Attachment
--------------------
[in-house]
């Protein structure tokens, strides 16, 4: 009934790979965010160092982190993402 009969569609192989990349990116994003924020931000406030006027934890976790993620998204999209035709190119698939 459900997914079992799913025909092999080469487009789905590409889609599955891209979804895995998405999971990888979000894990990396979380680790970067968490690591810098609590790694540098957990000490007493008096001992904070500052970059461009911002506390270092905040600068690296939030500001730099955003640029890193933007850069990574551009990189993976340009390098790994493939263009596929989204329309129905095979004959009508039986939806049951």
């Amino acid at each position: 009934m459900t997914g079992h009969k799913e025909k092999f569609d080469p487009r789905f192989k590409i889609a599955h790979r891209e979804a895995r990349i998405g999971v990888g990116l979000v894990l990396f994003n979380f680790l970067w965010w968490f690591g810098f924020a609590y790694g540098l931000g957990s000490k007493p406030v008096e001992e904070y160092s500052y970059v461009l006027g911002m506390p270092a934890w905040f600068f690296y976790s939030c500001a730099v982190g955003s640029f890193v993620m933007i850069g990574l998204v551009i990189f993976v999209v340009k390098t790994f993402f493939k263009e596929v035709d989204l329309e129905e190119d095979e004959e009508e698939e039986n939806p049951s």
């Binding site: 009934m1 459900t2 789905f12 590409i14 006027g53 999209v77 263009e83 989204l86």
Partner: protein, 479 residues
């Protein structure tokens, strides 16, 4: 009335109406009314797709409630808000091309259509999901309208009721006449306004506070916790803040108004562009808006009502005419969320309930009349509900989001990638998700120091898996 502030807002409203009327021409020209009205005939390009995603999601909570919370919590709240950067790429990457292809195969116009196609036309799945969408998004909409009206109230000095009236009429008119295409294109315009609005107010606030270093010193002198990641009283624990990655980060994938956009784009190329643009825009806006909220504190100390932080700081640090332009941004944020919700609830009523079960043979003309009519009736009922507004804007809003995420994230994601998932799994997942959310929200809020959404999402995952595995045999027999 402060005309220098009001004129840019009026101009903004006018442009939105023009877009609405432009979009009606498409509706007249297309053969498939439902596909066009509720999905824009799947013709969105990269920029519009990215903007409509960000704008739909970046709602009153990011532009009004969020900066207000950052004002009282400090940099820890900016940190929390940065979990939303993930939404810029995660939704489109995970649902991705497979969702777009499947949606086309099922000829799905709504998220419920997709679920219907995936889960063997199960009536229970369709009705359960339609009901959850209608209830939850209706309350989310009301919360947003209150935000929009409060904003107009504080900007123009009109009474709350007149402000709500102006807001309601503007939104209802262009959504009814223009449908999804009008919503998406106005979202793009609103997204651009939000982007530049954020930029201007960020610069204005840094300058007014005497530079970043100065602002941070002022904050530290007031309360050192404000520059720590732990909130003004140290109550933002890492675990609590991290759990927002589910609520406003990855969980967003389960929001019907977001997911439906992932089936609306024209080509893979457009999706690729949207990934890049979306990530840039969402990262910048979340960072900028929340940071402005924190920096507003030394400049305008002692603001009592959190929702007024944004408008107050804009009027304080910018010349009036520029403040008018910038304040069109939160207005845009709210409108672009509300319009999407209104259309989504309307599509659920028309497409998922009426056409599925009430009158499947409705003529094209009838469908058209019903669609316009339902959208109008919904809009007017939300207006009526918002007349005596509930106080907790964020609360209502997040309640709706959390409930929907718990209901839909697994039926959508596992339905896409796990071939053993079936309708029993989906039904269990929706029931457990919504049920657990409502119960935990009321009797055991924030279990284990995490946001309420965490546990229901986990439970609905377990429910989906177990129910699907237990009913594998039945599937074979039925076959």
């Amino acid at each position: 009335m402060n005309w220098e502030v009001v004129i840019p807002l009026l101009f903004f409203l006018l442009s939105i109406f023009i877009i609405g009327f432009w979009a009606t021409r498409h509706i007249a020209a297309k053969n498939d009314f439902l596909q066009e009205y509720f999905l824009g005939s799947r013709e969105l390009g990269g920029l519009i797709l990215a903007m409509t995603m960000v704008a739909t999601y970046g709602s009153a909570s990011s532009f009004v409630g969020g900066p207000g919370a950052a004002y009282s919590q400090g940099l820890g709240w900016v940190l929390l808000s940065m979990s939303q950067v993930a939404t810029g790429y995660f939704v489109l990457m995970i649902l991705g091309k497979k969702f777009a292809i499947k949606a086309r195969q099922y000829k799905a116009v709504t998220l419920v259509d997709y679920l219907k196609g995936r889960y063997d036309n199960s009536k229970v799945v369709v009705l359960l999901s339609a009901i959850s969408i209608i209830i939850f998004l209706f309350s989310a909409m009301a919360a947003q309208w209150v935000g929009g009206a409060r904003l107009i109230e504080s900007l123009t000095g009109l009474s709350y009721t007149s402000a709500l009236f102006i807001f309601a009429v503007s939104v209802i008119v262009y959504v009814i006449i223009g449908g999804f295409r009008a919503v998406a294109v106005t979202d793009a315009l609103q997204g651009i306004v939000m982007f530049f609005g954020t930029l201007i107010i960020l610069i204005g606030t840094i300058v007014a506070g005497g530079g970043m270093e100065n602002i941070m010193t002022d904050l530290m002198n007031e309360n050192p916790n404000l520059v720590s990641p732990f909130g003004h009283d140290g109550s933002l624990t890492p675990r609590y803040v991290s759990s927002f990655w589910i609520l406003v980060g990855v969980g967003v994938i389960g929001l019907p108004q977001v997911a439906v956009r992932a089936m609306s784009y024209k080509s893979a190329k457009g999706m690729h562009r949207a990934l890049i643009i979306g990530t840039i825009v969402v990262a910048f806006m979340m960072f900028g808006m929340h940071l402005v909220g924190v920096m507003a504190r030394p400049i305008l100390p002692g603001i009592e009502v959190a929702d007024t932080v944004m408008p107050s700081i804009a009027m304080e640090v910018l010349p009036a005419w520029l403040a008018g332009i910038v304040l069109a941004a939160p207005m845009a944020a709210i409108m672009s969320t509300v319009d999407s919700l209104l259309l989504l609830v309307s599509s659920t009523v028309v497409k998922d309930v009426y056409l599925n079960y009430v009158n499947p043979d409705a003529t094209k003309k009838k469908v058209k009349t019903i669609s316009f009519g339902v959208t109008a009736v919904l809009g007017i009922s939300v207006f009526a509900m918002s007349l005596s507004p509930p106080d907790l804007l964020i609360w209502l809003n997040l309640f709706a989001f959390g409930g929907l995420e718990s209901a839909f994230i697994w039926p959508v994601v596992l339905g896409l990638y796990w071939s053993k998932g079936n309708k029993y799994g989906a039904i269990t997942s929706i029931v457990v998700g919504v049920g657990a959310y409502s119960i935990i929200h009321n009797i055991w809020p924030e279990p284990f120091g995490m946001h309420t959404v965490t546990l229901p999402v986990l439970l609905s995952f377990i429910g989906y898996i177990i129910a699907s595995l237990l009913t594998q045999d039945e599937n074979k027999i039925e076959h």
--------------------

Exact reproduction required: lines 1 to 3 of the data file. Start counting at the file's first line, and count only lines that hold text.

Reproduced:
[in-house]
């Protein structure tokens, strides 16, 4: 009934790979965010160092982190993402 009969569609192989990349990116994003924020931000406030006027934890976790993620998204999209035709190119698939 459900997914079992799913025909092999080469487009789905590409889609599955891209979804895995998405999971990888979000894990990396979380680790970067968490690591810098609590790694540098957990000490007493008096001992904070500052970059461009911002506390270092905040600068690296939030500001730099955003640029890193933007850069990574551009990189993976340009390098790994493939263009596929989204329309129905095979004959009508039986939806049951």
């Amino acid at each position: 009934m459900t997914g079992h009969k799913e025909k092999f569609d080469p487009r789905f192989k590409i889609a599955h790979r891209e979804a895995r990349i998405g999971v990888g990116l979000v894990l990396f994003n979380f680790l970067w965010w968490f690591g810098f924020a609590y790694g540098l931000g957990s000490k007493p406030v008096e001992e904070y160092s500052y970059v461009l006027g911002m506390p270092a934890w905040f600068f690296y976790s939030c500001a730099v982190g955003s640029f890193v993620m933007i850069g990574l998204v551009i990189f993976v999209v340009k390098t790994f993402f493939k263009e596929v035709d989204l329309e129905e190119d095979e004959e009508e698939e039986n939806p049951s």